Trigger point injections can be administered to reduce trigger point reactivity and intensity. This treatment typically includes substances such as saline, steroids, or local anesthetics. Pain therapies utilize specialized equipment to administer trigger point injections. This therapy is relatively uncommon. Therefore, it may be beneficial to ask a doctor to help locate a specialist who is equipped and qualified to administer trigger point injections.
Studies have found that certain types of massage can greatly benefit fibromyalgia pains. According to the Journal of Manipulative and Physiological Therapeutics, manual lymph drainage therapy and connective tissue massage are useful in alleviating fibromyalgia trigger points.
Manual lymph drainage therapy involves removal of fluids away from areas that have blocked or damaged lymph vessels. Malfunctioning lymph vessels can result in pooling of fluids that can contribute to inflammation and pains. Connective tissue massage is similar to a more traditional massage in that it uses intense pressure focused on specific myofascial regions to break up knots. Research has found that use of both techniques can reduce pain, support a better quality of life, and improve one’s pain threshold.
This ancient Chinese method of pain relief has been used for thousands of years to great effect. In recent year, acupuncture has become a frequently used method for treating pains associated with fibromyalgia. Acupuncture points are shared with many fibromyalgia tender points and myofascial trigger points. The focused pressure provided by acupuncture can help break up inflammation in these areas, improve the body’s response to pain, and stimulate blood flow to help repair nerve damage. These factors all aid in limiting the pain caused by trigger points.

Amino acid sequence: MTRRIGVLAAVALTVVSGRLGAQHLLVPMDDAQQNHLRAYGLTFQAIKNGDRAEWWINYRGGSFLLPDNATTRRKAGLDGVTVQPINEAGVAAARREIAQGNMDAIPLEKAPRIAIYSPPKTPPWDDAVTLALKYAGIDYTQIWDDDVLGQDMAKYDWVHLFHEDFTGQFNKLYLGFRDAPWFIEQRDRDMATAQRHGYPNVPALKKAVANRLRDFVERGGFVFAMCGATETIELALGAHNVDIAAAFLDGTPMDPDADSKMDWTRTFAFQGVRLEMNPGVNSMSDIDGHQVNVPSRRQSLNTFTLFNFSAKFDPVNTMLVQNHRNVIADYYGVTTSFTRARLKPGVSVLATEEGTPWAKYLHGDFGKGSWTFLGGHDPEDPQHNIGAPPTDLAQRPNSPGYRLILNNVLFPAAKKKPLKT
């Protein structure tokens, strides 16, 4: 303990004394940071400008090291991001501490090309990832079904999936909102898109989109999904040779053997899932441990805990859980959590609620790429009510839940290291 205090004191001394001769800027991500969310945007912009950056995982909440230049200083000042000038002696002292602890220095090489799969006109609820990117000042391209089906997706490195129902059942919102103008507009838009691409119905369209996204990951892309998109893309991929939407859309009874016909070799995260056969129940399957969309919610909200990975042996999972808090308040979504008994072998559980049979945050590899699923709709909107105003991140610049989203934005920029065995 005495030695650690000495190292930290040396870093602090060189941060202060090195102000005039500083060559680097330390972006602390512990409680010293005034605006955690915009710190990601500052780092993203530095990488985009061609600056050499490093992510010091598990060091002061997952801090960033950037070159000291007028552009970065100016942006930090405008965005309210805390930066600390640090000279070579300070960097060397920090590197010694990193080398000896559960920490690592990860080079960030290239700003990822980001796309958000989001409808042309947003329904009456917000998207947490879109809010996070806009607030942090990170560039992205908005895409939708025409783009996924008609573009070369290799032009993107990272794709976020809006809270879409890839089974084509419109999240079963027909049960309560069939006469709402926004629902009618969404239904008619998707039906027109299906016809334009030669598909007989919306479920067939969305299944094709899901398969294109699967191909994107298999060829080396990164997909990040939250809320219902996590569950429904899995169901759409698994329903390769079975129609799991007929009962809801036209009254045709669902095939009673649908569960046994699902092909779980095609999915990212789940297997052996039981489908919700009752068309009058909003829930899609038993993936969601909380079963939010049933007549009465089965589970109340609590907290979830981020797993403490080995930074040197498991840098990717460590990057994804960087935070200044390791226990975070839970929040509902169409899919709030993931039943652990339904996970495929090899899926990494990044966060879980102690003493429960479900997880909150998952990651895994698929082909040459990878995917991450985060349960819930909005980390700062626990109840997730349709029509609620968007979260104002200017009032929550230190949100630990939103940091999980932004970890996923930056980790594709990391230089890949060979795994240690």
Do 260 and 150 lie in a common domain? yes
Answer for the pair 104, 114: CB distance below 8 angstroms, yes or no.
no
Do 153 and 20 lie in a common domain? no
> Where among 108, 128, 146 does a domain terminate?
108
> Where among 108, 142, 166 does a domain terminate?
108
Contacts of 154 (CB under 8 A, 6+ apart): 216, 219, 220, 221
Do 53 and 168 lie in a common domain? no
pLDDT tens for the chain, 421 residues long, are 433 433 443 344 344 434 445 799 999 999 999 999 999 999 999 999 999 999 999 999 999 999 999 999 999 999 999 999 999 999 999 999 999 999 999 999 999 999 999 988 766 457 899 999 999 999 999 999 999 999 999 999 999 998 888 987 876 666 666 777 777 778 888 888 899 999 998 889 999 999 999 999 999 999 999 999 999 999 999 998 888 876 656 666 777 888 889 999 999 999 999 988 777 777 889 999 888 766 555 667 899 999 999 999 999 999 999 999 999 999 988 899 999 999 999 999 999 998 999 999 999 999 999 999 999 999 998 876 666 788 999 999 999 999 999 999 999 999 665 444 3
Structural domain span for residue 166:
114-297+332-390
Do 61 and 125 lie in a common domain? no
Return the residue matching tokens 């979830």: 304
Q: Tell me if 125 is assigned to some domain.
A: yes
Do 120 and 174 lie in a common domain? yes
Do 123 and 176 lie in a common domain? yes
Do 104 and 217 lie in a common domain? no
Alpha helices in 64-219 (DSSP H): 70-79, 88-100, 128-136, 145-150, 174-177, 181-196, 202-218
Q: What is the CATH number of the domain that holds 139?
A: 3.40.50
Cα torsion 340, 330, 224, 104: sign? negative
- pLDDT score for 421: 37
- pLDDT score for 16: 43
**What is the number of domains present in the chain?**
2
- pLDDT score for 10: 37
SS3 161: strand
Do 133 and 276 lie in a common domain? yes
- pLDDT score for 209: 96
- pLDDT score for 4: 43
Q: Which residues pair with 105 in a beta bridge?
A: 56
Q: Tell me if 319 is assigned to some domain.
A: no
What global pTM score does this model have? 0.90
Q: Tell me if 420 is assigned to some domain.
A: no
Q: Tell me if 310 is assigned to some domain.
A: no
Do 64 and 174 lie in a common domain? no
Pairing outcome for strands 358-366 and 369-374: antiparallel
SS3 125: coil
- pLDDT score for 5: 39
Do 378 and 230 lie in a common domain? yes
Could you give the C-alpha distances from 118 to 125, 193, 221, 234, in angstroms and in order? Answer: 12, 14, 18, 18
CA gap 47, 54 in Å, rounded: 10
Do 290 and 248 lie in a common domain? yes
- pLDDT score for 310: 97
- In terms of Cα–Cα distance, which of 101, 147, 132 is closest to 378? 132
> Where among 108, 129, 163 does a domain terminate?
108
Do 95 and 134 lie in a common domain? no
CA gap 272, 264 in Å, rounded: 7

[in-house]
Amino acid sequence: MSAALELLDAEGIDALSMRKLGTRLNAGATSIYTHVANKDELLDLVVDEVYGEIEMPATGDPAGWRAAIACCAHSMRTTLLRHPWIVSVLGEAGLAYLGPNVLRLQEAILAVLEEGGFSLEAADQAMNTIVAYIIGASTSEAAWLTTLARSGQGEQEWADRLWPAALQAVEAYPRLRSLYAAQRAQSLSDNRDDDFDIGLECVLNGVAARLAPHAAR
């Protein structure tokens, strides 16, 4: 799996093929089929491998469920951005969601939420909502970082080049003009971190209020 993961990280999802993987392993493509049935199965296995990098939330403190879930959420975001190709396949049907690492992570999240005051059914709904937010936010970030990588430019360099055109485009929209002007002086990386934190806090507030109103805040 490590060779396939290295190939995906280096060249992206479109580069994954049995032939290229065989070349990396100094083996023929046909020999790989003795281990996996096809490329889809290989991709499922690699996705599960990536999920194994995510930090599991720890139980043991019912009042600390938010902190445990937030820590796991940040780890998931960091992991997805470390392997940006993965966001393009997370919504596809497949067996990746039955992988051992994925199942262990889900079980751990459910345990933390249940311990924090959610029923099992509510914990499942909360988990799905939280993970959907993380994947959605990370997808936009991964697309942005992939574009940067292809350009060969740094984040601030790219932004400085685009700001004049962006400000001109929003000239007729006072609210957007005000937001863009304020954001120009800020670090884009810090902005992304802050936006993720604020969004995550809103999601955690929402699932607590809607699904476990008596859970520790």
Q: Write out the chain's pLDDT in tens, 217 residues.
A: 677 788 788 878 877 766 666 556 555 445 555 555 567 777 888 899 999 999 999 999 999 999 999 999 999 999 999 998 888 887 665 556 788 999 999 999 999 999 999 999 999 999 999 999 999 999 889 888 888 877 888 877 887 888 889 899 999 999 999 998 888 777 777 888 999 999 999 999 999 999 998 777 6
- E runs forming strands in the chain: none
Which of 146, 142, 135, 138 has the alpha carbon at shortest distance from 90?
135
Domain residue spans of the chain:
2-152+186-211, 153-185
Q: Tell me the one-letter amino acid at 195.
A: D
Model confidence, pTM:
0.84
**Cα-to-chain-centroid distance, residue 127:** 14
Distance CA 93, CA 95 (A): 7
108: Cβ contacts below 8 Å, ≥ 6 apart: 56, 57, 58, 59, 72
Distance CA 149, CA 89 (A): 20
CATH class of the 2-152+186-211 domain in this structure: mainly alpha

Fibromyalgia patients frequently experience greater pain sensitivity. Because of this, doctors may prescribe over-the-counter prescription pain medications to help alleviate pain associated with trigger points and fibromyalgia. Some common recommendations include milnacipran and duloxetine, which impact brain chemistry to help the body better manage pain levels. Pregabalin is another frequent recommendation that inhibits pain transmission by nerve cells. These medications can reduce the overall impact of trigger points but do not provide a true solution.
Final Points on Fibromyalgia
Fibromyalgia pain involves many different factors. Of these, trigger points are perhaps the most influential regarding the occurrence of significant fibromyalgia pain. Being well-informed of what trigger points are and how they impact the body can prove to be highly beneficial for treatment.
Reducing the reactivity and intensity of trigger points by using the various therapies mentioned above can help alleviate pain and even improve the efficacy of fibromyalgia treatment. Support your health and achieve a better quality of life by limiting the effects of trigger points and fibromyalgia.
1. Fibromyalgia Pain. FibroCenter. https://www.fibrocenter.com/fibromyalgia-pain
2. Managing fibromyalgia tender points. Medical News Today. https://www.medicalnewstoday.com/articles/315594.php
3. What Are Fibromyalgia Tender Points? Healthline. https://www.healthline.com/health/fibromyalgia/fibromyalgia-tender-points